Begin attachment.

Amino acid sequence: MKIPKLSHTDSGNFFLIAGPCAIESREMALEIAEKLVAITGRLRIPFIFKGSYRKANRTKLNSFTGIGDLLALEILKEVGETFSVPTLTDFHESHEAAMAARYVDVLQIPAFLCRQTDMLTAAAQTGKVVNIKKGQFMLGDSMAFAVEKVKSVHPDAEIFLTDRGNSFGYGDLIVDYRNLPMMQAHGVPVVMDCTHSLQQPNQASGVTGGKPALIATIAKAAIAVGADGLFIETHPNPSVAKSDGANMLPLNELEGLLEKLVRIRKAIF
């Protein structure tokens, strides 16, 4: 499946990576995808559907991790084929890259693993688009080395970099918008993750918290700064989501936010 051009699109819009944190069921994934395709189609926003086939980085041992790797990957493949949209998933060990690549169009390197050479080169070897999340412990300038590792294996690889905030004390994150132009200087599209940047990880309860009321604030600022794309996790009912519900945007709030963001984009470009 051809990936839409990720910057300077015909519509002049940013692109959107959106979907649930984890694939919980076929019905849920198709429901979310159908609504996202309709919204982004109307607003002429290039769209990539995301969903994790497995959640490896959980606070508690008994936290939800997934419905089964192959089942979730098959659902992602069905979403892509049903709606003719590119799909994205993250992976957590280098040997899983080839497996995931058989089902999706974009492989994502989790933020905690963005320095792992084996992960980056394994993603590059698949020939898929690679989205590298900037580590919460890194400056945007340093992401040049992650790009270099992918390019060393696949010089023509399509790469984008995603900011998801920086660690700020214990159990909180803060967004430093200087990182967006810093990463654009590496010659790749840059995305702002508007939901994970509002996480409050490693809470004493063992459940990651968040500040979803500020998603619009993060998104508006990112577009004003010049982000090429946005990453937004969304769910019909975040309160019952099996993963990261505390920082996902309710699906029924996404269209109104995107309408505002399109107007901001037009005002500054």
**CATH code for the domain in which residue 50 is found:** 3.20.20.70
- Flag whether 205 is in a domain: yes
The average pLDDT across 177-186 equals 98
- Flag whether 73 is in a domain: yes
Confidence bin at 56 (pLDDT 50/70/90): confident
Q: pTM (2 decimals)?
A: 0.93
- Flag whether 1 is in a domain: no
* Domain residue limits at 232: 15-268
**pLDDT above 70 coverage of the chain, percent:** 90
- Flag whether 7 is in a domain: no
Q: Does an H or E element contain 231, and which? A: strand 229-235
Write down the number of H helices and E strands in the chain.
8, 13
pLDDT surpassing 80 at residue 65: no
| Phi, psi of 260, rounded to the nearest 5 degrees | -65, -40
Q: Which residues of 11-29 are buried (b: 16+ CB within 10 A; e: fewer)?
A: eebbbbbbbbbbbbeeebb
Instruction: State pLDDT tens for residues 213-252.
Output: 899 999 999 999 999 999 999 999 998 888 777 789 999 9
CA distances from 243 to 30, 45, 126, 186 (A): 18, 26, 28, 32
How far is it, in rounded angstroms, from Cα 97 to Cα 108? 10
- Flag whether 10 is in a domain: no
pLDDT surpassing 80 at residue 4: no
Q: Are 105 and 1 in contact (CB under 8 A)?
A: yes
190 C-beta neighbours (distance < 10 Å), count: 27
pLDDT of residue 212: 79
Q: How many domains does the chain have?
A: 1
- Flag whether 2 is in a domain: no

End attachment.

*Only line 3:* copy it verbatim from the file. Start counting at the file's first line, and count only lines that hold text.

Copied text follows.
**CATH code for the domain in which residue 50 is found:** 3.20.20.70